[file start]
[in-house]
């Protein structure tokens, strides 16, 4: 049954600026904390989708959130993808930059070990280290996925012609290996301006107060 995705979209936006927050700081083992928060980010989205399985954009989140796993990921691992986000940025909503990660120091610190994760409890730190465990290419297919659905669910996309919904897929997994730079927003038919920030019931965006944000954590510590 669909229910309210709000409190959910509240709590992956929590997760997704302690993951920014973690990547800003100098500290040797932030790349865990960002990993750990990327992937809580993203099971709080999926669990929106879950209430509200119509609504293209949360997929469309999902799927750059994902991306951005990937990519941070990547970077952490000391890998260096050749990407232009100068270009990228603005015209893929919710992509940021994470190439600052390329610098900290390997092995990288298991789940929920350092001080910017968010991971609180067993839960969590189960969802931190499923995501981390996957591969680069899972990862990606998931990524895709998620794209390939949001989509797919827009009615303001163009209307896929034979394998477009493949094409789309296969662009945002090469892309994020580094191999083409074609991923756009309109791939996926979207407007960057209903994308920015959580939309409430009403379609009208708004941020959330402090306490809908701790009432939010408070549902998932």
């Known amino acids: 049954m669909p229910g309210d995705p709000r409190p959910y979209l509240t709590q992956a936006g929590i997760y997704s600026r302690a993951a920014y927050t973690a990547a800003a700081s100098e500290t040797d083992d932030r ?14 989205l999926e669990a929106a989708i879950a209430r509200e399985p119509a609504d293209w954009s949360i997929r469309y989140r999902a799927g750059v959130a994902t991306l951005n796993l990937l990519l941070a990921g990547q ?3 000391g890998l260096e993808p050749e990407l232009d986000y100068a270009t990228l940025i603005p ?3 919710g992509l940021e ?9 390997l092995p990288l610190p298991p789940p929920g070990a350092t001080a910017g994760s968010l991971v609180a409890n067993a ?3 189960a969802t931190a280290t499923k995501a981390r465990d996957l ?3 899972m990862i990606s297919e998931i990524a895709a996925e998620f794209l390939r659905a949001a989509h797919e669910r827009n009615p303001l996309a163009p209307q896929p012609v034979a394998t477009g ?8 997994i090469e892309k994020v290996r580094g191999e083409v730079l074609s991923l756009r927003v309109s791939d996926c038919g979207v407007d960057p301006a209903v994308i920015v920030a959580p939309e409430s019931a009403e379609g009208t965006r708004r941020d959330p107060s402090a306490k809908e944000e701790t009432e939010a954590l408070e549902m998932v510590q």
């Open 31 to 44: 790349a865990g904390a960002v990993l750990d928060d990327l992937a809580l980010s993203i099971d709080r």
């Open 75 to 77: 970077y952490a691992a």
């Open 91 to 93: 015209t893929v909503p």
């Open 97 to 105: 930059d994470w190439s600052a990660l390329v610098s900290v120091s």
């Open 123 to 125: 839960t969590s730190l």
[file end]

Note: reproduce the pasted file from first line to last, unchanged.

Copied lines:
[in-house]
């Protein structure tokens, strides 16, 4: 049954600026904390989708959130993808930059070990280290996925012609290996301006107060 995705979209936006927050700081083992928060980010989205399985954009989140796993990921691992986000940025909503990660120091610190994760409890730190465990290419297919659905669910996309919904897929997994730079927003038919920030019931965006944000954590510590 669909229910309210709000409190959910509240709590992956929590997760997704302690993951920014973690990547800003100098500290040797932030790349865990960002990993750990990327992937809580993203099971709080999926669990929106879950209430509200119509609504293209949360997929469309999902799927750059994902991306951005990937990519941070990547970077952490000391890998260096050749990407232009100068270009990228603005015209893929919710992509940021994470190439600052390329610098900290390997092995990288298991789940929920350092001080910017968010991971609180067993839960969590189960969802931190499923995501981390996957591969680069899972990862990606998931990524895709998620794209390939949001989509797919827009009615303001163009209307896929034979394998477009493949094409789309296969662009945002090469892309994020580094191999083409074609991923756009309109791939996926979207407007960057209903994308920015959580939309409430009403379609009208708004941020959330402090306490809908701790009432939010408070549902998932």
């Known amino acids: 049954m669909p229910g309210d995705p709000r409190p959910y979209l509240t709590q992956a936006g929590i997760y997704s600026r302690a993951a920014y927050t973690a990547a800003a700081s100098e500290t040797d083992d932030r ?14 989205l999926e669990a929106a989708i879950a209430r509200e399985p119509a609504d293209w954009s949360i997929r469309y989140r999902a799927g750059v959130a994902t991306l951005n796993l990937l990519l941070a990921g990547q ?3 000391g890998l260096e993808p050749e990407l232009d986000y100068a270009t990228l940025i603005p ?3 919710g992509l940021e ?9 390997l092995p990288l610190p298991p789940p929920g070990a350092t001080a910017g994760s968010l991971v609180a409890n067993a ?3 189960a969802t931190a280290t499923k995501a981390r465990d996957l ?3 899972m990862i990606s297919e998931i990524a895709a996925e998620f794209l390939r659905a949001a989509h797919e669910r827009n009615p303001l996309a163009p209307q896929p012609v034979a394998t477009g ?8 997994i090469e892309k994020v290996r580094g191999e083409v730079l074609s991923l756009r927003v309109s791939d996926c038919g979207v407007d960057p301006a209903v994308i920015v920030a959580p939309e409430s019931a009403e379609g009208t965006r708004r941020d959330p107060s402090a306490k809908e944000e701790t009432e939010a954590l408070e549902m998932v510590q």
């Open 31 to 44: 790349a865990g904390a960002v990993l750990d928060d990327l992937a809580l980010s993203i099971d709080r």
């Open 75 to 77: 970077y952490a691992a």
């Open 91 to 93: 015209t893929v909503p």
């Open 97 to 105: 930059d994470w190439s600052a990660l390329v610098s900290v120091s």
């Open 123 to 125: 839960t969590s730190l």